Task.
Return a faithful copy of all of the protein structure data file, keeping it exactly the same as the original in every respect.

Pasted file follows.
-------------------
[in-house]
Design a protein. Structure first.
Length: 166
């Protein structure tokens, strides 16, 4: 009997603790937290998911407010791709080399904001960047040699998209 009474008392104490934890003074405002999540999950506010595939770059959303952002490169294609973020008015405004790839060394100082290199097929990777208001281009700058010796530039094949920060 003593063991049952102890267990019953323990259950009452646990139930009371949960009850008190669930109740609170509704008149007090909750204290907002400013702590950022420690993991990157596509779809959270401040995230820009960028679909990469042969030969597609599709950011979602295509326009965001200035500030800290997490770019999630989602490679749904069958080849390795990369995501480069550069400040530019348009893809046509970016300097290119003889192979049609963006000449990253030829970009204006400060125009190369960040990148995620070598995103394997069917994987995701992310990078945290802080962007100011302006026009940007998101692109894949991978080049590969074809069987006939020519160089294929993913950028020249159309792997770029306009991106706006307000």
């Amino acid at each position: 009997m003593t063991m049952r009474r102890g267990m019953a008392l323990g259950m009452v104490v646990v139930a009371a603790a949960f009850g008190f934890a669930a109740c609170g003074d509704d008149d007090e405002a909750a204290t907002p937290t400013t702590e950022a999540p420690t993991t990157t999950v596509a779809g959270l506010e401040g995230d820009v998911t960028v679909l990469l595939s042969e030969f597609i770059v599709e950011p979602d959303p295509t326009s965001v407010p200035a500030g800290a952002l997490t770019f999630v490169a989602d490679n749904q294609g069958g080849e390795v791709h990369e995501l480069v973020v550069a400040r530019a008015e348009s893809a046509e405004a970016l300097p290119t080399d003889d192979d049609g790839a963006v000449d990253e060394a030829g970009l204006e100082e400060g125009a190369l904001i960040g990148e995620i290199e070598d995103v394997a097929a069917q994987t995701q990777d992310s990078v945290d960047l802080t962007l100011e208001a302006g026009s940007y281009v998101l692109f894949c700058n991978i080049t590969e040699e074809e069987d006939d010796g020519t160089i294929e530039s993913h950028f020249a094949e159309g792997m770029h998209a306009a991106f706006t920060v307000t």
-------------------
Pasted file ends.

[in-house]
Design a protein. Structure first.
Length: 166
């Protein structure tokens, strides 16, 4: 009997603790937290998911407010791709080399904001960047040699998209 009474008392104490934890003074405002999540999950506010595939770059959303952002490169294609973020008015405004790839060394100082290199097929990777208001281009700058010796530039094949920060 003593063991049952102890267990019953323990259950009452646990139930009371949960009850008190669930109740609170509704008149007090909750204290907002400013702590950022420690993991990157596509779809959270401040995230820009960028679909990469042969030969597609599709950011979602295509326009965001200035500030800290997490770019999630989602490679749904069958080849390795990369995501480069550069400040530019348009893809046509970016300097290119003889192979049609963006000449990253030829970009204006400060125009190369960040990148995620070598995103394997069917994987995701992310990078945290802080962007100011302006026009940007998101692109894949991978080049590969074809069987006939020519160089294929993913950028020249159309792997770029306009991106706006307000």
């Amino acid at each position: 009997m003593t063991m049952r009474r102890g267990m019953a008392l323990g259950m009452v104490v646990v139930a009371a603790a949960f009850g008190f934890a669930a109740c609170g003074d509704d008149d007090e405002a909750a204290t907002p937290t400013t702590e950022a999540p420690t993991t990157t999950v596509a779809g959270l506010e401040g995230d820009v998911t960028v679909l990469l595939s042969e030969f597609i770059v599709e950011p979602d959303p295509t326009s965001v407010p200035a500030g800290a952002l997490t770019f999630v490169a989602d490679n749904q294609g069958g080849e390795v791709h990369e995501l480069v973020v550069a400040r530019a008015e348009s893809a046509e405004a970016l300097p290119t080399d003889d192979d049609g790839a963006v000449d990253e060394a030829g970009l204006e100082e400060g125009a190369l904001i960040g990148e995620i290199e070598d995103v394997a097929a069917q994987t995701q990777d992310s990078v945290d960047l802080t962007l100011e208001a302006g026009s940007y281009v998101l692109f894949c700058n991978i080049t590969e040699e074809e069987d006939d010796g020519t160089i294929e530039s993913h950028f020249a094949e159309g792997m770029h998209a306009a991106f706006t920060v307000t």